Deceived is the second book leading up to the EA/Bioware release of the Star Wars: The Old Republic MMO. I’m not a gamer, and I have to say I didn’t like the cover. But I bought the book (Kindle version) anyway, and I’m glad I did.
The story is character-driven, and packs in a lot of good action, too. The three main characters – a Sith Lord, a Jedi Knight, and a former commando – are asked the same questions: What would you be willing to do for love? What principles are you willing to sacrifice?
Darth Malgus is a proud, honorable Sith Lord. A true believer in the Dark Side, he destroys the Jedi Temple on Coruscant as he had seen in a vision. Malgus is driven by his faith and torn by his love for his Twi’lek slave, Eleena. He is a chilling character, but not completely unsympathetic. One of my favorite scenes was when he joins a meeting with two other Sith Lords. Kemp is a corporate lawyer, and I found myself chuckling at how believably he brought office politics into the world of the Sith. But Malgus is scary. The Beast stays the Beast. Love doesn’t redeem him.
Aryn Leener is an empath and a Jedi Knight out to avenge her Master, who was slain by Malgus. Aryn is driven by her anger at the Sith, her loss of faith in diplomacy, and her need for revenge. As a woman, Aryn was a character I liked. Her story arc was developed and her actions consistent with her characterization. She wonders if the Sith truly have a choice in becoming dark side Force users, something I’ve wondered myself. My only problem – and this is true for all the Old Republic books I’ve read so far – is that I’d like a woman Jedi Knight who seriously can kick a Dark Lord’s ass in a lightsaber duel!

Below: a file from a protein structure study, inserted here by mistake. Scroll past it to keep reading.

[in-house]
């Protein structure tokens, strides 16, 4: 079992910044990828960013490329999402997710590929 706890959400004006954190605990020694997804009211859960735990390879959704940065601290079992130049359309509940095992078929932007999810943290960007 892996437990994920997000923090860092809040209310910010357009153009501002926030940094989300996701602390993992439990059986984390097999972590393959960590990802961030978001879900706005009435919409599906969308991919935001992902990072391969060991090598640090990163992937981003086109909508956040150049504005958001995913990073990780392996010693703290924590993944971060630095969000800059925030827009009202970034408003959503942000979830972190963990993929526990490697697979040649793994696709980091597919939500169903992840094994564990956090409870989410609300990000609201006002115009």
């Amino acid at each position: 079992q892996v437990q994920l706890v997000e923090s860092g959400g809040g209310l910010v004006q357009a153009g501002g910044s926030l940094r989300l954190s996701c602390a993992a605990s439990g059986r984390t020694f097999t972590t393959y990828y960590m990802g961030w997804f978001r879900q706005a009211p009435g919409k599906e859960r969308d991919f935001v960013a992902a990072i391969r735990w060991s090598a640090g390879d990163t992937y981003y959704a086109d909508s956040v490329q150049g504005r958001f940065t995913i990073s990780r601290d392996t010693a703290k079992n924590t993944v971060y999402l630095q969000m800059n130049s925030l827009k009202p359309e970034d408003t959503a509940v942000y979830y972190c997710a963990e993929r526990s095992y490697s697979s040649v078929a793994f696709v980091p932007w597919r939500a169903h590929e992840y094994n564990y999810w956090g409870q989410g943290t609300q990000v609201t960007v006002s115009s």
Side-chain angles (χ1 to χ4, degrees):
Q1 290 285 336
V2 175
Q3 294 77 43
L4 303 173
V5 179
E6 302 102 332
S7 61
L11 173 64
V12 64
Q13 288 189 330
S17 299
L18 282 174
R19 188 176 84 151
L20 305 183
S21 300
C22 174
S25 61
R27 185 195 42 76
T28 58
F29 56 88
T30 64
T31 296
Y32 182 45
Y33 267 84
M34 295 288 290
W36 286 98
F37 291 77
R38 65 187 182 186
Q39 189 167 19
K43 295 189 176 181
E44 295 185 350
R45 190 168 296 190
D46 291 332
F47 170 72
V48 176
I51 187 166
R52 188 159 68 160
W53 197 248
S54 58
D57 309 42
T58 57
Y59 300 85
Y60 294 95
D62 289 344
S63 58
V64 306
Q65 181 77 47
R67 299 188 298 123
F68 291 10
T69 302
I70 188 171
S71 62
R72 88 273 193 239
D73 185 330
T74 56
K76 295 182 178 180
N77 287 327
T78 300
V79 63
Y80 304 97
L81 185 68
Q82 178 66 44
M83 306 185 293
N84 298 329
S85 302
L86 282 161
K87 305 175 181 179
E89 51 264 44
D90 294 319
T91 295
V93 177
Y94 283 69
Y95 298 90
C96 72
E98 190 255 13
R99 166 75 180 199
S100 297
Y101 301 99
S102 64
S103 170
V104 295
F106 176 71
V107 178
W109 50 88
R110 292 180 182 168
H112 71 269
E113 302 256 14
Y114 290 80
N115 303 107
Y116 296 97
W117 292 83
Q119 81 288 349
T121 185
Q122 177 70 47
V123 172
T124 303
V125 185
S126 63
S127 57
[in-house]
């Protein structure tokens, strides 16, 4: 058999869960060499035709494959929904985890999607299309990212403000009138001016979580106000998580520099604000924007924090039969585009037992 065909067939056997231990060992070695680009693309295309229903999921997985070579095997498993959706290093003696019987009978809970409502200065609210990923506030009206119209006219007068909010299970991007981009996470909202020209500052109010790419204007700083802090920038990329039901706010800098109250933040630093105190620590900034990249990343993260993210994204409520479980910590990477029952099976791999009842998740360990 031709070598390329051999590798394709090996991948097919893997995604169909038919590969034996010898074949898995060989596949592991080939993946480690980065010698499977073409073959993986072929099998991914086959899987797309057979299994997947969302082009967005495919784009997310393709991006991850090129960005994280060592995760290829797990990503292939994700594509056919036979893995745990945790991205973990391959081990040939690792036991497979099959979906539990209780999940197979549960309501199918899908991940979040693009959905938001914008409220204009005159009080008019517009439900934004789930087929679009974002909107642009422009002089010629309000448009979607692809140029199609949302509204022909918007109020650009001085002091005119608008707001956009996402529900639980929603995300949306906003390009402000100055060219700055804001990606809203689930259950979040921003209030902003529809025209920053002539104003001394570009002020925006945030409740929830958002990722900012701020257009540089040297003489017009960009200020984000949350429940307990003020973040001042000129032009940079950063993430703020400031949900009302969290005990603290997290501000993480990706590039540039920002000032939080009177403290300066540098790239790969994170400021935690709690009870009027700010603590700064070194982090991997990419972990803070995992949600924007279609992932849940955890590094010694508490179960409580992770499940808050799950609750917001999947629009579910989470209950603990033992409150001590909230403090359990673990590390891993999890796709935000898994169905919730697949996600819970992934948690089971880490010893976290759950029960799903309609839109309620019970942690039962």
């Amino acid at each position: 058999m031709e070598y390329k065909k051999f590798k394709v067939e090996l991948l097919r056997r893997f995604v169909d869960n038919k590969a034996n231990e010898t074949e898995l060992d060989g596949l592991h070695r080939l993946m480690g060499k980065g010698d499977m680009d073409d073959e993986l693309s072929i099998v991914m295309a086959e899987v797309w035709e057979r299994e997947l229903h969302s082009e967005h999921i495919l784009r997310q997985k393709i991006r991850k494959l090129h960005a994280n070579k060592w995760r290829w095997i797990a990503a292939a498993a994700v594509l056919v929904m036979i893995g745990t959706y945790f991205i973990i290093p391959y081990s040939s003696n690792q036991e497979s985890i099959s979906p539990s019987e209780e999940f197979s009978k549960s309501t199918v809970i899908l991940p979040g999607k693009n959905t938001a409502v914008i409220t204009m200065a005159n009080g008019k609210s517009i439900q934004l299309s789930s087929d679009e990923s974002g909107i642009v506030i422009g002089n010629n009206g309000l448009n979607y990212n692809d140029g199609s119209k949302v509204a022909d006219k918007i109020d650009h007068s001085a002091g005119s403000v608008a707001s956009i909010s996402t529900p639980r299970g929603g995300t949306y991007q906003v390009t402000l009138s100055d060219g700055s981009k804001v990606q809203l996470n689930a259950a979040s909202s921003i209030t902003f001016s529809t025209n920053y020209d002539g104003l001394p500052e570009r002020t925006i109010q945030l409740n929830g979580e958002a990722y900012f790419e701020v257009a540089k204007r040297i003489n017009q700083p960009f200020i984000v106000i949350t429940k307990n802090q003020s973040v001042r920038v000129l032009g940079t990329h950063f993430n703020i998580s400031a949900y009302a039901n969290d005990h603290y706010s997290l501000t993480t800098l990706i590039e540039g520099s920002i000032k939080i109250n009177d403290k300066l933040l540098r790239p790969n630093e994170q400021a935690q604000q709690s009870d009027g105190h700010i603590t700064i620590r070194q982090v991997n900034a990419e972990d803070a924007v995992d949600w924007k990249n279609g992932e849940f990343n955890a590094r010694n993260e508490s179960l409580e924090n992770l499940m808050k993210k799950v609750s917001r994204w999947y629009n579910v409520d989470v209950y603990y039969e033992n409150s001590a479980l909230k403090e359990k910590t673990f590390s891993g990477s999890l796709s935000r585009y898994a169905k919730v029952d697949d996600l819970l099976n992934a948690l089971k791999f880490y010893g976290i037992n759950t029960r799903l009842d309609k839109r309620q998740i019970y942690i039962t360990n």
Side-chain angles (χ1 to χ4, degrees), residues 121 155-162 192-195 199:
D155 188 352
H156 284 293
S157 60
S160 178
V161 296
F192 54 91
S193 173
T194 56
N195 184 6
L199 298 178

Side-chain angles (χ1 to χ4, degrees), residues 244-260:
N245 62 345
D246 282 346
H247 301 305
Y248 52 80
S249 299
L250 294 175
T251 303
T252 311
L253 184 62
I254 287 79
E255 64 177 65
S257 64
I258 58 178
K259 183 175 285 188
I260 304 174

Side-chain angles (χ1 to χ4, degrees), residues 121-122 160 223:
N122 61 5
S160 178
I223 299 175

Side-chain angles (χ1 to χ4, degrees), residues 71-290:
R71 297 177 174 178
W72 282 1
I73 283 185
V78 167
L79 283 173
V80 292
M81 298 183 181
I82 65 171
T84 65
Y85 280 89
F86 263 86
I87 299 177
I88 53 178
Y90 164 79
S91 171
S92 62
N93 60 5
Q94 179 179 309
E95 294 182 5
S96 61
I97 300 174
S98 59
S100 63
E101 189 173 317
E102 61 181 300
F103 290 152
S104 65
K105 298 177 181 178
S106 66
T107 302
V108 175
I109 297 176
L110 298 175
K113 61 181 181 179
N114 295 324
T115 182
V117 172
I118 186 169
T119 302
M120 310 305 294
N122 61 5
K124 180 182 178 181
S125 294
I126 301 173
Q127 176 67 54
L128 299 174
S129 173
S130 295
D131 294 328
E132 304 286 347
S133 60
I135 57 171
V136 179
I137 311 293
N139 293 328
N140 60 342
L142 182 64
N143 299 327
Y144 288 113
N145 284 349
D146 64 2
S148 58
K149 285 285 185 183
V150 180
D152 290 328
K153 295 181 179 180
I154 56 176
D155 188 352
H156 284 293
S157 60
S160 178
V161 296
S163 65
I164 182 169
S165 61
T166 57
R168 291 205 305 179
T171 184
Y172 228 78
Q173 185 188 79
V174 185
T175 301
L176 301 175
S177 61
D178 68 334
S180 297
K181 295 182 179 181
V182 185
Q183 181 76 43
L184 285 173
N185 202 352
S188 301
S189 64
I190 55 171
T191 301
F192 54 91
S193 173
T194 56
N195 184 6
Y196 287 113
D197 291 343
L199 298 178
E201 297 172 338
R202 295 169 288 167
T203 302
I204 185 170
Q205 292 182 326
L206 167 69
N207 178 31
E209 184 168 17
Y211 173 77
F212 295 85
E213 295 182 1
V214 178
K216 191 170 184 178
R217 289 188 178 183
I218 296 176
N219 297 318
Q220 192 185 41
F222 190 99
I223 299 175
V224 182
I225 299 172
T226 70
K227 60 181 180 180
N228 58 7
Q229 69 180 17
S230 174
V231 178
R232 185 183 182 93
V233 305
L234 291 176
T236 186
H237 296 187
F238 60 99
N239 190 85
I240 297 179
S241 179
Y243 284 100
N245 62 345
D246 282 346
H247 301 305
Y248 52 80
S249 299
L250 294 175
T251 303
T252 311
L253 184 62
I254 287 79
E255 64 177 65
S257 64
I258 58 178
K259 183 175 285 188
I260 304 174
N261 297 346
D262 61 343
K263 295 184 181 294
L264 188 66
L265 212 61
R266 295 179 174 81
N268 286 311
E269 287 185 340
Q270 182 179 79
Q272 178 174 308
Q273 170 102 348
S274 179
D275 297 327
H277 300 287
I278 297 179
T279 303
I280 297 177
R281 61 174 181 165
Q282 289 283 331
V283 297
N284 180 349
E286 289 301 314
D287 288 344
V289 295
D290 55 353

Zeerid Korr is a former commando forced to become a smuggler to support his daughter, who lost both her legs in an accident. Korr is driven by his love for his daughter, his feelings for Aryn, and his guilt over his current shady profession. Korr’s scenes with his daughter – protective, proud, worried – strike a realistic chord. The lengths he was willing to go to protect his daughter resonated with me as a parent.
The Jedi and Sith take parallel paths. Both start off as true believers, then become disenchanted with their Orders. The Sith chooses to renounce love to remain a Sith Lord, and he pays dearly for his choice. The Jedi renounces her Order to remain true to herself, first by disobeying orders to head off alone to avenge her Master – which she ultimately chooses not to do, keeping true to her nature as one of the good guys – and then by choosing to stay with Korr. She and Korr pay a high price, as well, but with a happier ending.
The pacing is smooth and well written. The sacking of the Jedi Temple was vivid; watching the trailer for The Old Republic after I read the book, the action was almost exactly as I had seen it in my imagination. There was even romance: a doomed and somewhat over-foreshadowed one between Malgus and Eleena, and not quite enough between Korr and Aryn, but I’ll take my happy ending.
I liked Deceived enough to take a look at Kemp’s other Star Wars books. This book rates as a good brownie hot fudge sundae, only next time more chocolate sauce – the development of the relationship between Aryn and Korr – please!
The publisher provided FANgirl Blog a review copy of this book.
Linda has been a Star Wars fan from the time she saw Episode IV in the theatre with her parents and insisted on being Han Solo while playing with the neighborhood kids. She’s now a fangirl who splits her time learning to twirl a bo staff like Ray Park, jumping horses, writing fanfic she dreams up on her commute to work, and spending time with her husband and their own feisty Padawan version of Ahsoka. She can be reached at firstname.lastname@example.org.